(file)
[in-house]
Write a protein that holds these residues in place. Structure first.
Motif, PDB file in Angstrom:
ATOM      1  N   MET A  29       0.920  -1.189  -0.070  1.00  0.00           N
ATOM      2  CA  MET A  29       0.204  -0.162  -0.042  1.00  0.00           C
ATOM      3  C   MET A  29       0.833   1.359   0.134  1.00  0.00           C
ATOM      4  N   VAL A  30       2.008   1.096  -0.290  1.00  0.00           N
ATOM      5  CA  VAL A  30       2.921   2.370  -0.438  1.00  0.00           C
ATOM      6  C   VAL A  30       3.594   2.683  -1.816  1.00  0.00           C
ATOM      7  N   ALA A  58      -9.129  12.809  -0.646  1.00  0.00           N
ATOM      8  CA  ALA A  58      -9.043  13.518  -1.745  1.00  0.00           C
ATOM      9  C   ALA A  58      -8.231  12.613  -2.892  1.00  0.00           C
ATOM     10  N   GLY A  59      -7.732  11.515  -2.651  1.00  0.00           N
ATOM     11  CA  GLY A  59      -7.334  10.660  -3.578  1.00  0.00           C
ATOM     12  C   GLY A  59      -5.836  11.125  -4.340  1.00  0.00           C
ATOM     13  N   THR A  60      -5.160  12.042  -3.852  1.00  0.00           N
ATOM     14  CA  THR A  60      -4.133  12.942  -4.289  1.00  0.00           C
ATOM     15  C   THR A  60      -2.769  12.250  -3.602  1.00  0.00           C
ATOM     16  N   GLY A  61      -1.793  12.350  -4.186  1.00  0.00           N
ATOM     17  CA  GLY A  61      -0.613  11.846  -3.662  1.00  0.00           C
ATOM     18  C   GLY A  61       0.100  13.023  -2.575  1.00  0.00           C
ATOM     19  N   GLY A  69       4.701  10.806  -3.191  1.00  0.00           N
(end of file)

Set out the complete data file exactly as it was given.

[in-house]
Write a protein that holds these residues in place. Structure first.
Motif, PDB file in Angstrom:
ATOM      1  N   MET A  29       0.920  -1.189  -0.070  1.00  0.00           N
ATOM      2  CA  MET A  29       0.204  -0.162  -0.042  1.00  0.00           C
ATOM      3  C   MET A  29       0.833   1.359   0.134  1.00  0.00           C
ATOM      4  N   VAL A  30       2.008   1.096  -0.290  1.00  0.00           N
ATOM      5  CA  VAL A  30       2.921   2.370  -0.438  1.00  0.00           C
ATOM      6  C   VAL A  30       3.594   2.683  -1.816  1.00  0.00           C
ATOM      7  N   ALA A  58      -9.129  12.809  -0.646  1.00  0.00           N
ATOM      8  CA  ALA A  58      -9.043  13.518  -1.745  1.00  0.00           C
ATOM      9  C   ALA A  58      -8.231  12.613  -2.892  1.00  0.00           C
ATOM     10  N   GLY A  59      -7.732  11.515  -2.651  1.00  0.00           N
ATOM     11  CA  GLY A  59      -7.334  10.660  -3.578  1.00  0.00           C
ATOM     12  C   GLY A  59      -5.836  11.125  -4.340  1.00  0.00           C
ATOM     13  N   THR A  60      -5.160  12.042  -3.852  1.00  0.00           N
ATOM     14  CA  THR A  60      -4.133  12.942  -4.289  1.00  0.00           C
ATOM     15  C   THR A  60      -2.769  12.250  -3.602  1.00  0.00           C
ATOM     16  N   GLY A  61      -1.793  12.350  -4.186  1.00  0.00           N
ATOM     17  CA  GLY A  61      -0.613  11.846  -3.662  1.00  0.00           C
ATOM     18  C   GLY A  61       0.100  13.023  -2.575  1.00  0.00           C
ATOM     19  N   GLY A  69       4.701  10.806  -3.191  1.00  0.00           N